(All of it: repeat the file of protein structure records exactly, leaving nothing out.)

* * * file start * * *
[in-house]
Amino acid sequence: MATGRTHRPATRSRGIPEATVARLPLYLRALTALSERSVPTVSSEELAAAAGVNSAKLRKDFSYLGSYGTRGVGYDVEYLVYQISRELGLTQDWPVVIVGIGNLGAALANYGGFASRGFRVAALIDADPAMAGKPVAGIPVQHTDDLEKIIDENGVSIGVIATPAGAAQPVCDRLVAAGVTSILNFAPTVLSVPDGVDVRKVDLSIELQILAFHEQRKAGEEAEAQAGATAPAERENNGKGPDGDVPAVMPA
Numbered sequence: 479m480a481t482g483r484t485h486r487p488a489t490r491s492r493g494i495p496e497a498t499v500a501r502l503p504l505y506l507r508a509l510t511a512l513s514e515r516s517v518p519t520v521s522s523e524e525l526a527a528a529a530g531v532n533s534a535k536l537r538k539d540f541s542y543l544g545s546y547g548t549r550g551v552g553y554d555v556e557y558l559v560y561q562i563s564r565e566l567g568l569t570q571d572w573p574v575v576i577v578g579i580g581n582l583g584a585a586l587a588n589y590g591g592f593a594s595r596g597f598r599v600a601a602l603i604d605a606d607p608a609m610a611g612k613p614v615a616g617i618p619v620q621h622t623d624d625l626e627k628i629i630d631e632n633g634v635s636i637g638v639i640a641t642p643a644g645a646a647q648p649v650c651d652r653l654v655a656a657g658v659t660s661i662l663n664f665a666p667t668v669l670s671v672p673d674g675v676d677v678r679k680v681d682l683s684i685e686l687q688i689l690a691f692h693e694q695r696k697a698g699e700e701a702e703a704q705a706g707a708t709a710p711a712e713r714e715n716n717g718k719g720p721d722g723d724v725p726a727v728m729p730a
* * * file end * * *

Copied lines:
[in-house]
Amino acid sequence: MATGRTHRPATRSRGIPEATVARLPLYLRALTALSERSVPTVSSEELAAAAGVNSAKLRKDFSYLGSYGTRGVGYDVEYLVYQISRELGLTQDWPVVIVGIGNLGAALANYGGFASRGFRVAALIDADPAMAGKPVAGIPVQHTDDLEKIIDENGVSIGVIATPAGAAQPVCDRLVAAGVTSILNFAPTVLSVPDGVDVRKVDLSIELQILAFHEQRKAGEEAEAQAGATAPAERENNGKGPDGDVPAVMPA
Numbered sequence: 479m480a481t482g483r484t485h486r487p488a489t490r491s492r493g494i495p496e497a498t499v500a501r502l503p504l505y506l507r508a509l510t511a512l513s514e515r516s517v518p519t520v521s522s523e524e525l526a527a528a529a530g531v532n533s534a535k536l537r538k539d540f541s542y543l544g545s546y547g548t549r550g551v552g553y554d555v556e557y558l559v560y561q562i563s564r565e566l567g568l569t570q571d572w573p574v575v576i577v578g579i580g581n582l583g584a585a586l587a588n589y590g591g592f593a594s595r596g597f598r599v600a601a602l603i604d605a606d607p608a609m610a611g612k613p614v615a616g617i618p619v620q621h622t623d624d625l626e627k628i629i630d631e632n633g634v635s636i637g638v639i640a641t642p643a644g645a646a647q648p649v650c651d652r653l654v655a656a657g658v659t660s661i662l663n664f665a666p667t668v669l670s671v672p673d674g675v676d677v678r679k680v681d682l683s684i685e686l687q688i689l690a691f692h693e694q695r696k697a698g699e700e701a702e703a704q705a706g707a708t709a710p711a712e713r714e715n716n717g718k719g720p721d722g723d724v725p726a727v728m729p730a